Kristy Murrow makes a salient point: “How many tubes and bottles of half-used products that didn’t work do you have in a drawer? For the amount of money you wasted doing that, you could have bought one or two really good products, recommended by a skincare professional, that actually create results.”
Murrow is the public face and managing partner of Mariposa Aesthetics and Laser Center in Oklahoma City, and she loves nothing more than answering questions such as these: What’s the difference between a serum and a cream? What’s the proper sequence for the arsenal of beauty products you’ve probably amassed in the bathroom drawer? Can you pare this down at all?
“Serums are a really vital tool, but people often have questions about exactly what they are and what they do,” she says. Serums first slid onto the skincare scene about 20 years ago, and those early incarnations were designed to deliver doses of vitamin C deeper into the dermis. “Vitamin C was the first antioxidant the industry really focused on. Certain ingredients need to penetrate the skin to a certain depth before they are effective; most serums are formulated to penetrate deeper into the skin.”
The problem with over-the-counter drugstore or department store products is that they often fail because the ingredients are right but the formulations are wrong, and the educational component is missing. “There is some truth to the old adage ‘you get what you pay for’ with skincare,” Murrow says. “Products you buy in a physician’s office and what you buy [over the counter] may have the exact same wording on the package, but maybe the percentage of active ingredient is too small to be effective.”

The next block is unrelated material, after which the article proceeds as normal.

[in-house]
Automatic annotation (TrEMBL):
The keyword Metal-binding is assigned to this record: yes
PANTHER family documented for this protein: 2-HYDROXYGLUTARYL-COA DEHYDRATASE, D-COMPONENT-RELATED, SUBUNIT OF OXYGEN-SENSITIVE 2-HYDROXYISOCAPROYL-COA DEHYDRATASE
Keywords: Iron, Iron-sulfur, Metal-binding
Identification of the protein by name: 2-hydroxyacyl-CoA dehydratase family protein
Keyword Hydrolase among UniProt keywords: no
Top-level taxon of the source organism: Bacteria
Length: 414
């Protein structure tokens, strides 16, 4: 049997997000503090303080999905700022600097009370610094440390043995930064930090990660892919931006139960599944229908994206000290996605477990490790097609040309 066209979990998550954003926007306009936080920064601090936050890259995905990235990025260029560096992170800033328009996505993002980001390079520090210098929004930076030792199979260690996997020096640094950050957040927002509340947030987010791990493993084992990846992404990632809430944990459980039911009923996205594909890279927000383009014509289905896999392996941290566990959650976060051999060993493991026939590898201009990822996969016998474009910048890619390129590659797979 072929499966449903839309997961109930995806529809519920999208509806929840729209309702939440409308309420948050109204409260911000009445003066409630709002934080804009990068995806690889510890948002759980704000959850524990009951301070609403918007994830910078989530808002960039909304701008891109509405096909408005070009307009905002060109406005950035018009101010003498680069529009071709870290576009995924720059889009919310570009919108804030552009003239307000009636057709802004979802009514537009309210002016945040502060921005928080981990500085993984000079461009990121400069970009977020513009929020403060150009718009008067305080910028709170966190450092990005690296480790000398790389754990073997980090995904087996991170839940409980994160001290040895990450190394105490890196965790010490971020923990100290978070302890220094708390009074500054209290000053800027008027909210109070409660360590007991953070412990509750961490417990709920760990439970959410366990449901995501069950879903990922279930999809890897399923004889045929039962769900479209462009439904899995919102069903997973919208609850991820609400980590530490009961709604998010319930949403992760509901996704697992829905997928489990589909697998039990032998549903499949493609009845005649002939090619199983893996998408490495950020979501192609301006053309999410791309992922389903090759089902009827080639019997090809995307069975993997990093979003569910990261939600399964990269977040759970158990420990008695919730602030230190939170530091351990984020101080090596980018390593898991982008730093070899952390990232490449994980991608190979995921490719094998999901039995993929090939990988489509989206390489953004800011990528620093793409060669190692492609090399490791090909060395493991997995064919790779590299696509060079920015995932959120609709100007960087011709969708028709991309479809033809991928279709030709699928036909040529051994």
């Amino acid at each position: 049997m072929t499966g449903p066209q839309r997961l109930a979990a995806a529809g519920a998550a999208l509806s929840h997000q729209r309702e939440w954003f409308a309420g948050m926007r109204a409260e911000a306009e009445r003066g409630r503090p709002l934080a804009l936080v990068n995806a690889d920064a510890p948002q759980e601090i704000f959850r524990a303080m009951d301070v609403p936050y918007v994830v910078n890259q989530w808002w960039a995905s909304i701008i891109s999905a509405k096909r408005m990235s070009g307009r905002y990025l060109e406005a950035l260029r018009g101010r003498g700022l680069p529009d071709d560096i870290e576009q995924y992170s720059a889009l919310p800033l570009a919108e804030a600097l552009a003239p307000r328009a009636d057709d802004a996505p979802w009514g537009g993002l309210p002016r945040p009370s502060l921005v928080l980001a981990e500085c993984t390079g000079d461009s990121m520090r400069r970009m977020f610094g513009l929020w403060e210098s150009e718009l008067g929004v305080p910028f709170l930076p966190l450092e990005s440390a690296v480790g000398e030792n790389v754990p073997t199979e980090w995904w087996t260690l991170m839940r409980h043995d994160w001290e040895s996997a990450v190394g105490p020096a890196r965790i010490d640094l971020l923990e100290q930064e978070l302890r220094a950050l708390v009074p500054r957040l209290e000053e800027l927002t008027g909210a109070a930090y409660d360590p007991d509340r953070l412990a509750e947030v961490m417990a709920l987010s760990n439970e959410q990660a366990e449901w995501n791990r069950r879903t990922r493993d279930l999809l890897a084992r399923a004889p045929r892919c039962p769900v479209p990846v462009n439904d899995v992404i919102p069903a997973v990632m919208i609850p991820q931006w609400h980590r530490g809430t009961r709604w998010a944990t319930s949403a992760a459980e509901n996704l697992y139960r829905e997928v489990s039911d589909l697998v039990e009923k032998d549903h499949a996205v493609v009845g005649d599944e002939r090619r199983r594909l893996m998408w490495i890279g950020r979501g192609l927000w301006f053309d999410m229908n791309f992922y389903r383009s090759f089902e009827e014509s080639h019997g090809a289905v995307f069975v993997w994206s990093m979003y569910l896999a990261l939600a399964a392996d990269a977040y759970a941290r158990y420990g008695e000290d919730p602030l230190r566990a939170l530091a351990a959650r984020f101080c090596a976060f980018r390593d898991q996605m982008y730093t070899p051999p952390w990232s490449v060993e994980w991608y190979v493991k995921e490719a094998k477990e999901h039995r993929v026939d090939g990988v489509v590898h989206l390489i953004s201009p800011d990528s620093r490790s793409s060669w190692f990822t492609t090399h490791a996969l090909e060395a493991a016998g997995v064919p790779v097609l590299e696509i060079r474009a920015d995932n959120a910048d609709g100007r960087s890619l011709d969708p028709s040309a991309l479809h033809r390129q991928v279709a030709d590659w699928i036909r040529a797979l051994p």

According to Murrow, two or three quality products are all you really need. “Spend money on a few great products instead of the eight or nine you’ve got in your graveyard. Save money on things that it makes sense to pay less for, like cleanser or lip balm. You don’t need to spend a lot on a cleanser; just don’t use soap.”
She says most of us over 35 just need growth factors, antioxidants, retinol, sunscreen and an eye product. “You can definitely bundle them into just a couple of products as long as you are careful. Formulation is important. It’s your face, so why not work with a skincare professional to make sure you’re doing the right thing?”
The serum she loves is the TNS Essential Serum. At $278, it’s pricey, but not if you’re not wasting money on nine $30 grocery store products. “The serum has a dual chamber, so you’re getting two products, each with active ingredients formulated for optimal results. One side has the TNS Recovery Complex, which is a growth factor. The other side is a moisturizing base with antioxidants and peptides. One pump two times a day and you will see results,” she says.
Murrow anticipates bold new technologies in the serum industry. “I think we will be seeing more with stem cells. Their use has developed rapidly through injectables, with things like platelet-rich plasma, and I think scientists are working on ways for them to be used topically. But I’m waiting for the studies to come out, because anyone can just put a droplet of something somewhere and make a claim.”